There’s reportedly a young woman in Great Britain who has the world’s most perfectly symmetrical face. The rest of us fall short of her blue-eyed, blonde, mathematical perfection.
For me, the left side of my face is better, something I’ve learned from years of being on TV cameras and, recently, of taking selfies. I’ve seen photos taken from my other side; there, my face manages to somehow be both bulbous and wrinkly, a situation I’ve learned to control by going through life with my head tilted slightly to the right.
And so, I was leading with my good left when I walked into the driver’s license bureau this week. Every fourth birthday necessitates a visit and a photo. I always dread the photo part: You’re always stuck with that picture for a long time. And the DMV camera booth is not known for its flattering lighting.
Still, I was happy to be getting rid of the old license. That photo was taken a year after chemotherapy, when my hair was just growing back. I was scowling, and sporting an inch-high thatch of scrubby curls I’d bleached the heck out of. Why? I can’t remember, but in May 2010, it apparently seemed like a fashionable choice.
A lot changes in four years. My hair is shoulder-length now, straight and nicely highlighted. Confident that my left side was cute enough, I took a number and sat down to wait my turn.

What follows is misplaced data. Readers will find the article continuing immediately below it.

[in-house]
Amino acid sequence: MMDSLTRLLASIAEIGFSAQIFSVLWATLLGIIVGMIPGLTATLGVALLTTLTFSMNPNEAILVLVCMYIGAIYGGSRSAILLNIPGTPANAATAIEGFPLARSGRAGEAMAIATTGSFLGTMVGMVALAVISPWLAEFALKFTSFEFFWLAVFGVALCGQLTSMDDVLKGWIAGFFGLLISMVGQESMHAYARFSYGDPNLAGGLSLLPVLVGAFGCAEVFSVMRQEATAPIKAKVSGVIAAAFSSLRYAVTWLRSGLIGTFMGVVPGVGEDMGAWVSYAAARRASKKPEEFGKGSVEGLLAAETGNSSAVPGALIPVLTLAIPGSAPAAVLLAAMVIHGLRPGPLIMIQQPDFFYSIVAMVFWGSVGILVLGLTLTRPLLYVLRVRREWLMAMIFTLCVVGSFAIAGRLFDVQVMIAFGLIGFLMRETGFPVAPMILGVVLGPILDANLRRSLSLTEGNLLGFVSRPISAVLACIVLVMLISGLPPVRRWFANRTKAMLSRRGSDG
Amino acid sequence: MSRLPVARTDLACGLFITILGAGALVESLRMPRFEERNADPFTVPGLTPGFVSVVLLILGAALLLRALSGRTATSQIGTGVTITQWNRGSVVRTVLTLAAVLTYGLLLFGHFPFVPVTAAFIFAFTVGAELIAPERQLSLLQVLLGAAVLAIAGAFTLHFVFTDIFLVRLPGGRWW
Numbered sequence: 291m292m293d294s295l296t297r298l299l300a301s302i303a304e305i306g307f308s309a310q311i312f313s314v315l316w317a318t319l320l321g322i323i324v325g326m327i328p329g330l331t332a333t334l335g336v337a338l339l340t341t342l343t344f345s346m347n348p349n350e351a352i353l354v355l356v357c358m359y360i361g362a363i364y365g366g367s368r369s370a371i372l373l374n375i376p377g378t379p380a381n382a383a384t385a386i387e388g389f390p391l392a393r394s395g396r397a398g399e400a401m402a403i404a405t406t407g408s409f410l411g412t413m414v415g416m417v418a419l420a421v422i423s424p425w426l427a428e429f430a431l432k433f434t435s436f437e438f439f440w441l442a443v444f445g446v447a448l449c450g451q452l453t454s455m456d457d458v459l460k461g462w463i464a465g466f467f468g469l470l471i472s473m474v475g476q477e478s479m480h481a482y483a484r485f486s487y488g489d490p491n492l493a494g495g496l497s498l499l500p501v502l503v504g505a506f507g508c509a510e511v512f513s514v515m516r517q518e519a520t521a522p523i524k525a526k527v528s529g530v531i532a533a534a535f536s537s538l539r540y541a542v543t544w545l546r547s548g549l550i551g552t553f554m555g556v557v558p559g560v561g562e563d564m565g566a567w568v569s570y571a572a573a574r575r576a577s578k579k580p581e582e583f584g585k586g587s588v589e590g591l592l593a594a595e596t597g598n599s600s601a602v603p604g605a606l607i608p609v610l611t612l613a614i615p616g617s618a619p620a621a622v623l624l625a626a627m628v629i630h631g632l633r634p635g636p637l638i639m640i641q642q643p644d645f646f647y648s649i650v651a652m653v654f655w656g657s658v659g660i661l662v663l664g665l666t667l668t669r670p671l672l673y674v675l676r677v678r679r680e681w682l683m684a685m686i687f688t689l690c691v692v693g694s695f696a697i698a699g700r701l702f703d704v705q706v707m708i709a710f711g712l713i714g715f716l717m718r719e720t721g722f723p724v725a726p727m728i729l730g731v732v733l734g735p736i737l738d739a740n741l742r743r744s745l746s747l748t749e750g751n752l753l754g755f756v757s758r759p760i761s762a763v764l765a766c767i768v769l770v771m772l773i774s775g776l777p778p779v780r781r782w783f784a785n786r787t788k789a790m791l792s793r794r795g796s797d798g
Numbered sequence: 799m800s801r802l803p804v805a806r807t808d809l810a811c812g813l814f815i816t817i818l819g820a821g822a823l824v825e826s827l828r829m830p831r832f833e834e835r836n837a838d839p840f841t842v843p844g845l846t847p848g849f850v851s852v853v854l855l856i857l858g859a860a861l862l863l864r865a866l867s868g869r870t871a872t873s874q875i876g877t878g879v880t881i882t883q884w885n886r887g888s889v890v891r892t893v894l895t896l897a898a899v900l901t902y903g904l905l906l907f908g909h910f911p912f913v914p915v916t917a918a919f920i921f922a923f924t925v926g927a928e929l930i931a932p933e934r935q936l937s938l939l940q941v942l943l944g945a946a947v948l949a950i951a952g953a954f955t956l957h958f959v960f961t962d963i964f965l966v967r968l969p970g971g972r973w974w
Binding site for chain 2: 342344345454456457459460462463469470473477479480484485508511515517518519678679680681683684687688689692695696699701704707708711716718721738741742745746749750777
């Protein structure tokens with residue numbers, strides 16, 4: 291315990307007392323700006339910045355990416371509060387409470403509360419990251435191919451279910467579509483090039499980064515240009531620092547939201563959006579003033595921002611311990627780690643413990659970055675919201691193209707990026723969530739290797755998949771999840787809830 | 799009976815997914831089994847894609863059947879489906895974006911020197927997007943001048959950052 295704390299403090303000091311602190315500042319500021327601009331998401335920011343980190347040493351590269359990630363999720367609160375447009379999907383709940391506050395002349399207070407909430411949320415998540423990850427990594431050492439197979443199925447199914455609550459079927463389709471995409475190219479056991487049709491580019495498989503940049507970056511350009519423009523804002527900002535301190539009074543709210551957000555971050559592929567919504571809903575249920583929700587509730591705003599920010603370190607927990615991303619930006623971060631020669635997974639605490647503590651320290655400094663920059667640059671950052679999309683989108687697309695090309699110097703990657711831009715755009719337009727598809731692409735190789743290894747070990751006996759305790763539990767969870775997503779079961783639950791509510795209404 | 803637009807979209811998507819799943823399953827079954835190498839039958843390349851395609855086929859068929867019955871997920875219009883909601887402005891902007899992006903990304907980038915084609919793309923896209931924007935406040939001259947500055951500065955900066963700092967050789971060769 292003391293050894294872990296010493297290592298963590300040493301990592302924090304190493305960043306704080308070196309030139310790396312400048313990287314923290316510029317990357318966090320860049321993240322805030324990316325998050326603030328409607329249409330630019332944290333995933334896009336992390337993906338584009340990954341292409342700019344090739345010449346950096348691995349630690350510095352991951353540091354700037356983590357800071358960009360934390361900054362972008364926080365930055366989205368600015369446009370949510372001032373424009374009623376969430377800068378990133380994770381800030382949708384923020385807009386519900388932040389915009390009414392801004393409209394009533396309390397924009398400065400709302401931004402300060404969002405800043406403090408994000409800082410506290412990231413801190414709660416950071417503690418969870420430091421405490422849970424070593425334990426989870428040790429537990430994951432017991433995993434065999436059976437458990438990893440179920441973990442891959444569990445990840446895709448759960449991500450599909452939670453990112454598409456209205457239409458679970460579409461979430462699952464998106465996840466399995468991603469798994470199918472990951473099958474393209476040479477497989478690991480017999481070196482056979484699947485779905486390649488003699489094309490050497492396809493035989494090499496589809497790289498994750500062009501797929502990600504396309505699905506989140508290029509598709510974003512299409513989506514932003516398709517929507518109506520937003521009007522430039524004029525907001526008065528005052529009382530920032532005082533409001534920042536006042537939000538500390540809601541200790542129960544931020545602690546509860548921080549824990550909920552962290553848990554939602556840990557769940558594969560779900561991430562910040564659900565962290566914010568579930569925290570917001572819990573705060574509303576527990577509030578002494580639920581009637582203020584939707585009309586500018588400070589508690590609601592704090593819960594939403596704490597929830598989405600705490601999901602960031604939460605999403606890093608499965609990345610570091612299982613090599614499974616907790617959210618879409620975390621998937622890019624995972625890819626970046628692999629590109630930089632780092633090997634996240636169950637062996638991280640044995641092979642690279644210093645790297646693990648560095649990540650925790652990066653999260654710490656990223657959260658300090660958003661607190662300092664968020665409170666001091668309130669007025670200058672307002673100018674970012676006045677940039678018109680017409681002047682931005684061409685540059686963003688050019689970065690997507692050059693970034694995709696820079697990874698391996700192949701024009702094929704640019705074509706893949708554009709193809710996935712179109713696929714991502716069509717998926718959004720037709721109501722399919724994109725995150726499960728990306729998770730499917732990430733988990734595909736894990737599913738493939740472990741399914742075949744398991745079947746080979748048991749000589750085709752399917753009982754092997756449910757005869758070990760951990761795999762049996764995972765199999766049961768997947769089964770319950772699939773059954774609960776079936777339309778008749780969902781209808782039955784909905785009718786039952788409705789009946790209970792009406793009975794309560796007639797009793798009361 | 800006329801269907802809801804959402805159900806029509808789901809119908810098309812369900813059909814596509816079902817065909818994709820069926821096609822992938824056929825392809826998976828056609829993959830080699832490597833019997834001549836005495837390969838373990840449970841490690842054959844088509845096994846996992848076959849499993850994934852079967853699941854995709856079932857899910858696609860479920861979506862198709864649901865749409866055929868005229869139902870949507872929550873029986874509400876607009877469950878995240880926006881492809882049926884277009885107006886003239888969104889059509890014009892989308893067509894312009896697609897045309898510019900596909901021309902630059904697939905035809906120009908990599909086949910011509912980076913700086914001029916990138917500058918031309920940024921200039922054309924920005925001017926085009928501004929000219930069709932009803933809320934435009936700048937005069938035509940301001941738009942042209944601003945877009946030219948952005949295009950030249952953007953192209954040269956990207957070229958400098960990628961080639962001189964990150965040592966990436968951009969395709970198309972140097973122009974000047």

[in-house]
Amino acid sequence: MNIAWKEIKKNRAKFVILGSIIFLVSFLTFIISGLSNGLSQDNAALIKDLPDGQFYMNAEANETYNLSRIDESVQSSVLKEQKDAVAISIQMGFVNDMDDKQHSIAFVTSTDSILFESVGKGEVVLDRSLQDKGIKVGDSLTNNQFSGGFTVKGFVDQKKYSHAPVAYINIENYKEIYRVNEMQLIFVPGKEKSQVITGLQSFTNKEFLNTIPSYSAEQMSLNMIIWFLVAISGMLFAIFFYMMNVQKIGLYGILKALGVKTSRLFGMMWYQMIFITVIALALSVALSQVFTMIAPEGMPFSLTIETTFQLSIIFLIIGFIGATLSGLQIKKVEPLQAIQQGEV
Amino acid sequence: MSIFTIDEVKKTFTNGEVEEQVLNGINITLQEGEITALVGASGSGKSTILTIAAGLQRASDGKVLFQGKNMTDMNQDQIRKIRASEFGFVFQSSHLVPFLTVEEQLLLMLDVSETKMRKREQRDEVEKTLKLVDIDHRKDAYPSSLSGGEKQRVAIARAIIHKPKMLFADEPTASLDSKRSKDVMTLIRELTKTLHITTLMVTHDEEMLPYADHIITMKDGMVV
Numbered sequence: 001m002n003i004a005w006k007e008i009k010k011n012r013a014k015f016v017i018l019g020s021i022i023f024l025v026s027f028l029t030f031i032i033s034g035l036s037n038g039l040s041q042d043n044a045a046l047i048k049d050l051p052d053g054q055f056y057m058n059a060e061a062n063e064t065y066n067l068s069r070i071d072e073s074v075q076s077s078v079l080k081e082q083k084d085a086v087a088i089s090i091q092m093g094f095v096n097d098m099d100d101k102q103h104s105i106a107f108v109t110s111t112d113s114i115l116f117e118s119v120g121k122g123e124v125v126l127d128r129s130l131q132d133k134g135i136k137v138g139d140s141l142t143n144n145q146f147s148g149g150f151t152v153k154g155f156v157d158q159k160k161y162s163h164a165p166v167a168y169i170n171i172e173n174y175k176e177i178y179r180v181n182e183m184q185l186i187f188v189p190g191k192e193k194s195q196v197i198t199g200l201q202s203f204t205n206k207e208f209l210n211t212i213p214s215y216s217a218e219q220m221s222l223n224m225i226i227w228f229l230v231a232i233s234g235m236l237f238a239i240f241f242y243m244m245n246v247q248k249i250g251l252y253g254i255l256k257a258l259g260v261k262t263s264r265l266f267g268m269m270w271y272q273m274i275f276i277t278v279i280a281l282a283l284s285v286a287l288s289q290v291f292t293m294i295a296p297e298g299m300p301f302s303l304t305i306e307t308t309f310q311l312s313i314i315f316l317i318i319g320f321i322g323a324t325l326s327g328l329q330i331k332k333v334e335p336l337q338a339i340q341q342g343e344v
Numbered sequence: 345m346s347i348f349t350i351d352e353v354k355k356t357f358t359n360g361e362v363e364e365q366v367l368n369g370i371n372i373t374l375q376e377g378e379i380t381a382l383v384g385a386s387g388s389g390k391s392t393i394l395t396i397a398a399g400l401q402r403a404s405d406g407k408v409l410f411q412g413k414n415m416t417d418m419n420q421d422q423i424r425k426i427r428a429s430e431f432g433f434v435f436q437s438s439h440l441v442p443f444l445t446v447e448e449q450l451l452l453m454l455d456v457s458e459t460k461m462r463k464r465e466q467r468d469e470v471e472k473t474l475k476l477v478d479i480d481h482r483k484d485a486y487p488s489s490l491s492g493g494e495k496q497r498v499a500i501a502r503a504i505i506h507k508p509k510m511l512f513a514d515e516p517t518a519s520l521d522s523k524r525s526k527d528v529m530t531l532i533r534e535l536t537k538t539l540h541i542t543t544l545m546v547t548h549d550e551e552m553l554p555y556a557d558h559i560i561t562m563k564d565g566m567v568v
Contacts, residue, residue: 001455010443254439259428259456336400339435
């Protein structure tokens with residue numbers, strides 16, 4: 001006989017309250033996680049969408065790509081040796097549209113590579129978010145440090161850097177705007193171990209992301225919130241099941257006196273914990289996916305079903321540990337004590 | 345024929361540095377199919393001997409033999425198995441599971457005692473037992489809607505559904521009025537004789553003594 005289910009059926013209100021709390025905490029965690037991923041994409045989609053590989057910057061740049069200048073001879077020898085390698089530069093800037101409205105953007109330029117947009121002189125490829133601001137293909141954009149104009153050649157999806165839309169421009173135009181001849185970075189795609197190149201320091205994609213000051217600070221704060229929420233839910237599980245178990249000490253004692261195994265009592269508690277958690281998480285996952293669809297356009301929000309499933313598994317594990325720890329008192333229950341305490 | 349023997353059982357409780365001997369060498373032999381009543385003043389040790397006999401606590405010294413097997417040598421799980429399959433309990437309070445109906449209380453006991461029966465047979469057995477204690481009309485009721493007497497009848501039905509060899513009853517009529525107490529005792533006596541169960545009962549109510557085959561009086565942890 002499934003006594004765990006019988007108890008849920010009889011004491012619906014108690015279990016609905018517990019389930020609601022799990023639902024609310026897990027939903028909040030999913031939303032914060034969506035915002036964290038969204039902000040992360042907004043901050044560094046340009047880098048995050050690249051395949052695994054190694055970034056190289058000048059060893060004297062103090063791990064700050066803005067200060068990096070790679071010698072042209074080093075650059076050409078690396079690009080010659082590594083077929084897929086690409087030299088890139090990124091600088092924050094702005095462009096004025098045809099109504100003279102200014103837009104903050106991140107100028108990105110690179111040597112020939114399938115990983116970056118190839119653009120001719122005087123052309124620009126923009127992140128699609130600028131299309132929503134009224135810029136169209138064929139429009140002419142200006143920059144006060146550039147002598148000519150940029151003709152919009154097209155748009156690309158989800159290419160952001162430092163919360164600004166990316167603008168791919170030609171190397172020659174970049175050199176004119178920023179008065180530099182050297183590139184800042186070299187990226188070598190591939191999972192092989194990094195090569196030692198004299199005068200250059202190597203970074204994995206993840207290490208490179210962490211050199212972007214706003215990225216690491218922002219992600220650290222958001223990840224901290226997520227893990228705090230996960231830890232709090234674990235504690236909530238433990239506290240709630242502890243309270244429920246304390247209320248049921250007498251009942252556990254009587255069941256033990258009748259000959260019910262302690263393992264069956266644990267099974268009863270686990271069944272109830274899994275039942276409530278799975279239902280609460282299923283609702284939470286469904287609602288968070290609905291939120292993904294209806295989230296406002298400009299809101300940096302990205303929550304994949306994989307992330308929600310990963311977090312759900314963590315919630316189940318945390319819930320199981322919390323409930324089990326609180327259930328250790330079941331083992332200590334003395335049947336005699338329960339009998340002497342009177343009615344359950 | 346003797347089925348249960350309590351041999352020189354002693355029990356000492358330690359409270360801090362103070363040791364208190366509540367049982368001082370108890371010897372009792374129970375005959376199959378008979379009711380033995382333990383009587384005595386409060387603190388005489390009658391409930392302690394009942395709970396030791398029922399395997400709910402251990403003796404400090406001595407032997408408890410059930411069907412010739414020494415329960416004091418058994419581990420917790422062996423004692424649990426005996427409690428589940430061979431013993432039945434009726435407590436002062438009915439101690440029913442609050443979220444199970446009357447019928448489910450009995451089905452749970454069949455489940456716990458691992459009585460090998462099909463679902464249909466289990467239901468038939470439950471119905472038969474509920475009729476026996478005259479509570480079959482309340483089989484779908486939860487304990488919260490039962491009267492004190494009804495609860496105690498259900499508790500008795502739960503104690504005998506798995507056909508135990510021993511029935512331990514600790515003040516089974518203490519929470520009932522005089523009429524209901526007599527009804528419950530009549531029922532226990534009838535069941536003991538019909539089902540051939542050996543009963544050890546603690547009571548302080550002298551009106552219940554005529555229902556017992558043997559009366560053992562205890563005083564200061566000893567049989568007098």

“Eighty-two,” said the clerk, and I walked to the desk to begin my photo shoot.
“Have a seat and look at the white dot,” she said. “You can smile if you want.”
They say you’re supposed to put your tongue behind your teeth when you smile for a photo, and so I did that. I smoothed my hair one last time, moved my chin to the right about 22 degrees and …
“Look straight forward,” she said.
“Oh, sorry,” I said, and squared my chin to the white dot.
And right before she clicked, I sneakily tipped my chin to the right. My faboo left side was going to show up on this license, even if I had to sneak it in.
“You’re tilting again,” she said.
“I look better a little off center,” I said.
“One more time, straight forward,” she said. And before I could object, she snapped the photo.
The DMV workers must wrangle with this all day. Cellphones allow all of us to be as photo-vain as we want. The thing about digital photography – and all those selfies –is that now we all know exactly what we look like. Back when we had to buy film and pay for every shot, none of us really knew.
And by now, we’ve seen a gazillion red carpet photos. Celebrities always turn to the side. The unfortunate head-on shots appear on the covers of supermarket tabloids, under the heading “Stars Having Bad Days.”
The woman with the perfect face is named Florence Colgate. You can look her up. Her driver’s license photo must be something to see.
Mine looks like the mug shot of someone who lost her license because of multiple criminal offenses years ago. In all my full-frontal-facial glory, I look like Deputy Dawg.
And the worst part is, I have to look at it for four years.
Beth Dolinar can be reached at firstname.lastname@example.org.